Fraudulent Conveyance

Before getting to our lesson on fraudulent conveyance, I would like thank those that have applied to the Distressed Debt Investors Club. The rate of applications coming in is better than I expected. I am humbled by the response of our readers. Remember, we will take applications through next weekend before the site is opened up to admitted members. Apply soon!

This post continues our series of Advanced Distressed Debt Topics. You can find the first two posts at:

This week we are going to be discussing fraudulent conveyance. Section 548 of the bankruptcy code deals with transactions that are fraudulently made. While malicious transfers are also dealt with in the bankruptcy code (i.e. doing something purposefully to malign creditors), we are going to be focusing on the more "practical" kind of fraudulent conveyance.

Now, I know this is technical. And believe me, it will get more technical. But the concept of fraudulent conveyance is literally never more important than it is today. Why? The simple reason: The Tousa Ruling. Here is the relevant docket and the actual fraudulent conveyance ruling by the judge.

The ruling is 182 pages. I am not going to do it the mis-justice of simply summarizing it in a few lines. For those that really want to understand how judges make decisions in these sorts of cases, it is imperative you read the ruling.

To prove a transfer is fraudulent, one must not only prove the absence of reasonably equivalent value granted, but also that the entity doing the transfer was insolvent at the time. Section 548 of the bankruptcy code looks back 2 years - so in addition to the two concepts above, this transfer must have also happened in the last two years.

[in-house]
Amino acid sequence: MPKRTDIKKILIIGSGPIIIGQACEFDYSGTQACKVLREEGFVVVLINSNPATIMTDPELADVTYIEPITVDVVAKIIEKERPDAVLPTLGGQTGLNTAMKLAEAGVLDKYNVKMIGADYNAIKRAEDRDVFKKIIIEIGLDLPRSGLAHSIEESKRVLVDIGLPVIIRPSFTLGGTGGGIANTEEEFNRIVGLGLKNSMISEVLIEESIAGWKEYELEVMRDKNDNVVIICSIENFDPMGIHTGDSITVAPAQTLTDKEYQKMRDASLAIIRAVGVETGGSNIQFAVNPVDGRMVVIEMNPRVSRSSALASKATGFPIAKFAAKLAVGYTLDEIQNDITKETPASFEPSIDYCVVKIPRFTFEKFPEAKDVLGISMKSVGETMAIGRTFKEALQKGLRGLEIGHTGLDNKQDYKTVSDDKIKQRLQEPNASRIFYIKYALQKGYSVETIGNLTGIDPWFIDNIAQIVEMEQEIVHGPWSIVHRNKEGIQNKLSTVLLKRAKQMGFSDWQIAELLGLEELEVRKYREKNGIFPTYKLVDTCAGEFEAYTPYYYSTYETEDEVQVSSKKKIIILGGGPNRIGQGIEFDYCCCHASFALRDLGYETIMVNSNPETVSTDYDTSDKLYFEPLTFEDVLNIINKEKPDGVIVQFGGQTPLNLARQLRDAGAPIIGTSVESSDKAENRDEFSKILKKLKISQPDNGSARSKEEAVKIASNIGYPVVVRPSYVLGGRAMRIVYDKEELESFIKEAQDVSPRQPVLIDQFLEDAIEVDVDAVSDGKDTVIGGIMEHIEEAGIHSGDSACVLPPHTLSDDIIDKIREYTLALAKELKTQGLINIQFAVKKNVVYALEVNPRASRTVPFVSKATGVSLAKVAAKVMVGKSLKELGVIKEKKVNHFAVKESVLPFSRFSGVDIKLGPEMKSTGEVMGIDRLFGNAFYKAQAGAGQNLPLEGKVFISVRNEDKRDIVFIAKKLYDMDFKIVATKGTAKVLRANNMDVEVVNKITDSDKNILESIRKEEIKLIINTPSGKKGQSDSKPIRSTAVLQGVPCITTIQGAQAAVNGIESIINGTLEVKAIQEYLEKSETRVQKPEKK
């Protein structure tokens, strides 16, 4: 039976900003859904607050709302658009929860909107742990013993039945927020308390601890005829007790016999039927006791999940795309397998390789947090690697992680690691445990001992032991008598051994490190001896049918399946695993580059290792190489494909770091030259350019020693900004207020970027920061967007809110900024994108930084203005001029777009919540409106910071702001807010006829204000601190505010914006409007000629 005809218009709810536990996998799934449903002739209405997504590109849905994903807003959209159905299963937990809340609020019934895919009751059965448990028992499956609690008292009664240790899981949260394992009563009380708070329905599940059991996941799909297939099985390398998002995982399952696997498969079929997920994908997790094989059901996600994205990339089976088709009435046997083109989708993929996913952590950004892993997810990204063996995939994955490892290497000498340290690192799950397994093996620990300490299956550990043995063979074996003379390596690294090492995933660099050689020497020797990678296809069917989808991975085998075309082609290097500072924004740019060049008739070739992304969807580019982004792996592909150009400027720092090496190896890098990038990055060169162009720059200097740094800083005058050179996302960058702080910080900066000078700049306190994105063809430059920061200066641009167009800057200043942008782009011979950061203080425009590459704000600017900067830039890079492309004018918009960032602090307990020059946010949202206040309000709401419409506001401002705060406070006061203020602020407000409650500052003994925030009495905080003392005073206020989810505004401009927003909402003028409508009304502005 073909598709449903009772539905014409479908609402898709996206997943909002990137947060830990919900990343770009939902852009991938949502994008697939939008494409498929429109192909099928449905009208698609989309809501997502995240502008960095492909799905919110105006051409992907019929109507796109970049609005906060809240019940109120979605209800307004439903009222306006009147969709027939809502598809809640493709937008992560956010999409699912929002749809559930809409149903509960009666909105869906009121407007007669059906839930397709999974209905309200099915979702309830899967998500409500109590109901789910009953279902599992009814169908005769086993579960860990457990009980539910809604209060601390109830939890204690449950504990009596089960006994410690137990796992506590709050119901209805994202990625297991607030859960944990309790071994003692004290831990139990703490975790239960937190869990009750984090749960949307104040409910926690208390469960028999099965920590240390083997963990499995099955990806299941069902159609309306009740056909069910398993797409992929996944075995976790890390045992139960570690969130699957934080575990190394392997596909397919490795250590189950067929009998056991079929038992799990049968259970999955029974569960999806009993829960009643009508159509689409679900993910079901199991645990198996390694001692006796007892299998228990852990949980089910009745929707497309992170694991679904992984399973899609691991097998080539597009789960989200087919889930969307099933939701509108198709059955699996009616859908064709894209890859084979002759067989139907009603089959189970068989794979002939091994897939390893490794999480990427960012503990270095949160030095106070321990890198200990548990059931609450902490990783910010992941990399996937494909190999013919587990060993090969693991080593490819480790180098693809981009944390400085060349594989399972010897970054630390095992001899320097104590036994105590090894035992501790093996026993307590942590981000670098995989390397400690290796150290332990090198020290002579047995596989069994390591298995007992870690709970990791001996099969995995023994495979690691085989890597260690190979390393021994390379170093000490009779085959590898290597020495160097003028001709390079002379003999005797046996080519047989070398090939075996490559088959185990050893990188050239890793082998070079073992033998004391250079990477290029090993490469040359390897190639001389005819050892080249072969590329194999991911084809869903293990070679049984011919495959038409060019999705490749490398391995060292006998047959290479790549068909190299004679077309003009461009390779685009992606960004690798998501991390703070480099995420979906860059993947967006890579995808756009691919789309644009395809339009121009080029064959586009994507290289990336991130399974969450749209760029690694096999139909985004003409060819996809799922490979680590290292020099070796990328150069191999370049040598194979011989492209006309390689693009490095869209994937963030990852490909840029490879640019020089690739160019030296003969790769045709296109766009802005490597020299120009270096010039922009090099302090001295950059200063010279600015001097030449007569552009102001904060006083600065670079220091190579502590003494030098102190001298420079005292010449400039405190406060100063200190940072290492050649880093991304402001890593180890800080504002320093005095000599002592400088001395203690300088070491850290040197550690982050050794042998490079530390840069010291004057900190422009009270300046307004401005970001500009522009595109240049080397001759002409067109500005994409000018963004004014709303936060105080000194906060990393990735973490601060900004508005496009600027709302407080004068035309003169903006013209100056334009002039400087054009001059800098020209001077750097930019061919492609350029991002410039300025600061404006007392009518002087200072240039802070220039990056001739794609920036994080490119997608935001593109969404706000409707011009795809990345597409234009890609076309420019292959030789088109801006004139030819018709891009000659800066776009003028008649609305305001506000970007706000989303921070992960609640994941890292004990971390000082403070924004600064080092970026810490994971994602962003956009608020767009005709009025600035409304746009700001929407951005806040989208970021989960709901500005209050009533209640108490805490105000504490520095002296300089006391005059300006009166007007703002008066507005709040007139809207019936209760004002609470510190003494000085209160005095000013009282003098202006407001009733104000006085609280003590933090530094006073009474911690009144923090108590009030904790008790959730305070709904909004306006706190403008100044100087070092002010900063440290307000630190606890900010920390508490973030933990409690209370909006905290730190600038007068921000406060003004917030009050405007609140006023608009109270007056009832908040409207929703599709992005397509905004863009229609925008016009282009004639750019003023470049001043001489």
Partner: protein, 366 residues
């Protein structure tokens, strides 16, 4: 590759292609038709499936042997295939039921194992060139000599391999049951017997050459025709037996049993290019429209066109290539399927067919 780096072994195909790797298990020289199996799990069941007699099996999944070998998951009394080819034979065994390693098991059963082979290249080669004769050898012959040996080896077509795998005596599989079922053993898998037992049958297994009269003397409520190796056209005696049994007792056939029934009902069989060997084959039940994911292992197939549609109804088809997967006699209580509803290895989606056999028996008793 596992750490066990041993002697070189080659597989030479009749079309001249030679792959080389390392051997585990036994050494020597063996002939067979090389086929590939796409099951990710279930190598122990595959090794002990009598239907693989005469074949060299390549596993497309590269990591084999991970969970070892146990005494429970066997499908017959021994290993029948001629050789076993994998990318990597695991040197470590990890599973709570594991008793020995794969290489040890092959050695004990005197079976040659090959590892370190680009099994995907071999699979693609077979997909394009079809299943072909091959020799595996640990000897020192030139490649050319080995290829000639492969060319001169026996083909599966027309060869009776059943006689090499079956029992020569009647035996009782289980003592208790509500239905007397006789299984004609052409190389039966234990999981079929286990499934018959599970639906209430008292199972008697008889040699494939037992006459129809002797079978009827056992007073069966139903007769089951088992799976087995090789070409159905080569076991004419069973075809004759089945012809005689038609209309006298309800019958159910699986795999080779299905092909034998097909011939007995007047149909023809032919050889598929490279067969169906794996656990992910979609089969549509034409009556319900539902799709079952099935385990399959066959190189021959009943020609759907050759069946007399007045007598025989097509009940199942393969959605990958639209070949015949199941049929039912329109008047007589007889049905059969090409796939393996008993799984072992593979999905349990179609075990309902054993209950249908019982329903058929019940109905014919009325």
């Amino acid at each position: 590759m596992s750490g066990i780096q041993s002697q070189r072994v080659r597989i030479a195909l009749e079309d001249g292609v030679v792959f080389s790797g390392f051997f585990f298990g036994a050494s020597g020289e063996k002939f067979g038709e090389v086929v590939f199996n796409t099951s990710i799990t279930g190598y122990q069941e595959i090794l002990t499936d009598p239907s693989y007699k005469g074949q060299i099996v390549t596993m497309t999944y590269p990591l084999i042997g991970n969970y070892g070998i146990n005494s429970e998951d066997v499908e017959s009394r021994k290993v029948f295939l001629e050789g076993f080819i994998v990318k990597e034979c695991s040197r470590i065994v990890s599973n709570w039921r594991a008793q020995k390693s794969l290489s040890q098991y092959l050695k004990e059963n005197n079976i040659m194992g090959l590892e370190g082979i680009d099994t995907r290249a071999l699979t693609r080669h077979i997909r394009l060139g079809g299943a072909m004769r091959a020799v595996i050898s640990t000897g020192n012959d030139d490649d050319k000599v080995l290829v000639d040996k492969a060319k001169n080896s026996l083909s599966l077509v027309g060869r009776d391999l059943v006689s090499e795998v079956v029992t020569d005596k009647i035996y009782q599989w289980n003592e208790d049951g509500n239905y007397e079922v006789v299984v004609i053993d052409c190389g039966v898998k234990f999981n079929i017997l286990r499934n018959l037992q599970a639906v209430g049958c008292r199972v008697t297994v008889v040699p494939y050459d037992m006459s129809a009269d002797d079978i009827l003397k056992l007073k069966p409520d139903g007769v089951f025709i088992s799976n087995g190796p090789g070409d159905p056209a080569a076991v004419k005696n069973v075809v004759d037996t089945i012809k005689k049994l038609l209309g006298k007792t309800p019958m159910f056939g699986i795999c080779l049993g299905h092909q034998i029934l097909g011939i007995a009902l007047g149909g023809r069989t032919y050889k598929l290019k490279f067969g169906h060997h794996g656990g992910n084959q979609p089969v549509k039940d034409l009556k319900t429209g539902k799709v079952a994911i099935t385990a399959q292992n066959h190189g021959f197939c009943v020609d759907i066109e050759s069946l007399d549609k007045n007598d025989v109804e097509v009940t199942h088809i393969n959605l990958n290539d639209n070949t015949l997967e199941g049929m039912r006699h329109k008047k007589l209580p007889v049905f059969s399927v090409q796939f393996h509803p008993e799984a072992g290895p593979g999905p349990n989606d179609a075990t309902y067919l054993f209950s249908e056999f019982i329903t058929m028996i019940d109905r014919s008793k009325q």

If you look at the docket mentioned above, you will see a litany of appeals and "clarifications of judgement and order" as well as "findings of fact" which are all actions that try to reverse this judge's decisions. They are all fascinating reads. I am going to pull out 7 or 8 blocks of text from various filings and comment on them as I think that will enlighten the readers the most. But first, just a little background on the case.

In July of 2007, Tousa, a homebuilder, borrowed $500M and granted lenders security in all their assets. This capital was used to settle litigation against Tousa and one of its subsidiaries (Transeastern) because of a default at the Transeastern JV. The problem was, Tousa had other subsidiaries, that were not party to the litigation / lawsuit. Tousa, and subsidiaries subsequently filed for bankruptcy in January 2008. The creditor committee, i.e. those holding unsecured claims against Tousa, was seeking to avoid the $500M debt/lien obligation and avoid liens on a tax refund issued in 2007.

As a quick summary, and this is a broad based statement, but I am going with it: If a lien is shown to be "fraudulent", that lien is effectively worthless. That means a secured creditor would now be an unsecured creditor. This is important because now instead of getting a piece of the pie after the secured lenders get paid off, everyone gets their fair share.

A simple example will suffice: